This week is ‘Privacy Awareness Week’ 2010 and as such it is urged that we familiarise ourselves with our rights, obligations and best-practice in relation to privacy.
The few recommendations below, from the Office of the Privacy Commissioner of Canada, are related to Computer identity and information theft. They are well worth reading through:
- Make sure your computer has firewalls, virus protection and online security and privacy safeguards.
- Your online accounts should only be accessible with passwords that you create and change often. Your passwords should be hard for anyone to guess.
- When you shop or bank online, or fill out online forms, look for the padlock symbol at the lower right corner of your screen. This symbol means the information you provide is secure.
- When you log on to your e-mail or bank account from a library or other public computer, make sure no one can watch over your shoulder as you type in your password and other private information. Log out when you leave.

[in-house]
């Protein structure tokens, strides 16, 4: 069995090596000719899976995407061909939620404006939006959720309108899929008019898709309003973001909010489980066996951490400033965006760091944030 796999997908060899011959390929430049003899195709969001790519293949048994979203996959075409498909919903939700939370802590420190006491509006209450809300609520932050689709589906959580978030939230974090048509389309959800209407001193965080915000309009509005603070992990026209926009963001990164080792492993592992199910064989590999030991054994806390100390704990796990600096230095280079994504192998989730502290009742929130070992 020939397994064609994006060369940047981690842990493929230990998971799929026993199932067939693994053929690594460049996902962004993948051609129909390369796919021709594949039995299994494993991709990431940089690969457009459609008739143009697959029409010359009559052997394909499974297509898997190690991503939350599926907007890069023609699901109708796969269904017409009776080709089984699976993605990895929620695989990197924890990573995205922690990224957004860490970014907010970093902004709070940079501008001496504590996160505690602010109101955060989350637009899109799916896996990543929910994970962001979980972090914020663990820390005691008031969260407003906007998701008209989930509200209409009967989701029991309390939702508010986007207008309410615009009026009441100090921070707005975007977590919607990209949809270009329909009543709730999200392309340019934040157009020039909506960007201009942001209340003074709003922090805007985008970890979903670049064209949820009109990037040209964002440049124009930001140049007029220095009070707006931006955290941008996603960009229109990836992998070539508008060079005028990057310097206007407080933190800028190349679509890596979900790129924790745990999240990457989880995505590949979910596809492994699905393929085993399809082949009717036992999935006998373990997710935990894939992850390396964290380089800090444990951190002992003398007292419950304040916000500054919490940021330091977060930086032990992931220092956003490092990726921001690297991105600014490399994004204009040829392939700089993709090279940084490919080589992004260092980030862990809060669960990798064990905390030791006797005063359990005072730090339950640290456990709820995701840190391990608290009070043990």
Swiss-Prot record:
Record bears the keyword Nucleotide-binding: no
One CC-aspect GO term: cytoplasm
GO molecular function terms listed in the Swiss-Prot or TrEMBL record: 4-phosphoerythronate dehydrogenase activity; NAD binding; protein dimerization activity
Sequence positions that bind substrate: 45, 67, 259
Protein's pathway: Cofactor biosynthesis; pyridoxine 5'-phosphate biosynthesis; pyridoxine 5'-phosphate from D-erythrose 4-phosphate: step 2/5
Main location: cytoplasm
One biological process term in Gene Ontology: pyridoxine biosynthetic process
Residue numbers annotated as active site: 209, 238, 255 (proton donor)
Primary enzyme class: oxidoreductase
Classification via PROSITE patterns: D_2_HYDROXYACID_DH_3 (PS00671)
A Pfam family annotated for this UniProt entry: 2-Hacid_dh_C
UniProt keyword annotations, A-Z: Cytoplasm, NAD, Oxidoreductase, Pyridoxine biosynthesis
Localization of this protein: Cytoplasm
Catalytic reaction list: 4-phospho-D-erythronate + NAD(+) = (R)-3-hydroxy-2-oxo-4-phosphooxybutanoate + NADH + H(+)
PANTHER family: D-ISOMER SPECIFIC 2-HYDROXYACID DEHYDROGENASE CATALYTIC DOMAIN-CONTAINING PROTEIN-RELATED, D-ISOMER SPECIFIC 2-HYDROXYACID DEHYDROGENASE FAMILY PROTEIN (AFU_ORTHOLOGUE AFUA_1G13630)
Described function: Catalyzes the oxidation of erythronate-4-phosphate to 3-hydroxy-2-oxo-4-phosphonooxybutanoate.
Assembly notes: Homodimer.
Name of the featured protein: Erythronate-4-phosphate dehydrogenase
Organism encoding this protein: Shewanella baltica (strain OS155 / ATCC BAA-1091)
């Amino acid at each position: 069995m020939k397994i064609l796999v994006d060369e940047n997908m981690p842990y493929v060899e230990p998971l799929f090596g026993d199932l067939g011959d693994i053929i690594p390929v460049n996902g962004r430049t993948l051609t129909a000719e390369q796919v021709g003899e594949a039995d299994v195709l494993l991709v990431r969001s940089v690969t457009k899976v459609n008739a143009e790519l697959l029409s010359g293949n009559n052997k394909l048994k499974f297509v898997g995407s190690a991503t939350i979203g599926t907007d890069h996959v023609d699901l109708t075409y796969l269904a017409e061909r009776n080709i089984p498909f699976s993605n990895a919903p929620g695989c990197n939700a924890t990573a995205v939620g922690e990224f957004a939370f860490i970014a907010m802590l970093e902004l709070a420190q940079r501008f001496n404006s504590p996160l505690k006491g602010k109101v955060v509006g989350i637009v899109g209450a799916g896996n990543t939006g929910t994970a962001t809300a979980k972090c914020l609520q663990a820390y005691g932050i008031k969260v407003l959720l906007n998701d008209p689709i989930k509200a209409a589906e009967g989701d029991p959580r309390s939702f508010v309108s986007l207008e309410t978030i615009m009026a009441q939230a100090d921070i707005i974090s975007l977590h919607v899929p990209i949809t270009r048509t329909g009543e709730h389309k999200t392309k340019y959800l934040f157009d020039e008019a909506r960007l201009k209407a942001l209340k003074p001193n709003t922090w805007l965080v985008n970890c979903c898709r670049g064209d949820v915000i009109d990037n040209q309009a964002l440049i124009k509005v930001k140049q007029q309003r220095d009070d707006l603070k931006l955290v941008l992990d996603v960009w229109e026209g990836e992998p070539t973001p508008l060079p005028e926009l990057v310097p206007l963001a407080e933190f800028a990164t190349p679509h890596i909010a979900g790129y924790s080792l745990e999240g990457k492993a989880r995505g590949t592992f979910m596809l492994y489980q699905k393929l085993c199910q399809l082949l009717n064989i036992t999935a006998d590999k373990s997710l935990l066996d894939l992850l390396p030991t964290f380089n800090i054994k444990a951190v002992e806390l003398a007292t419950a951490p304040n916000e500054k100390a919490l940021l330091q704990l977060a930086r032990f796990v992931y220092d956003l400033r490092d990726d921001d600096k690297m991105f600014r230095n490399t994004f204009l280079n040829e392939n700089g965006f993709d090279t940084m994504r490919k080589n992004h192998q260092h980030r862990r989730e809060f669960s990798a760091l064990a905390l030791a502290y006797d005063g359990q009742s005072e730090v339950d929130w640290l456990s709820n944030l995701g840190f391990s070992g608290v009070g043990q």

- Be careful about any personal information you divulge online, including in chat rooms and over social networking sites such as Facebook and Twitter.
- Be suspicious of e-mails that appear to come from financial institutions or government agencies, asking you to provide personal information online. Real banks and governments don’t do that, but scammers will often hijack real logos to make their fraudulent messages look authentic.
- Delete any e-mail soliciting funds unless you can verify independently – for example with a phone call – that it’s from a reputable organization.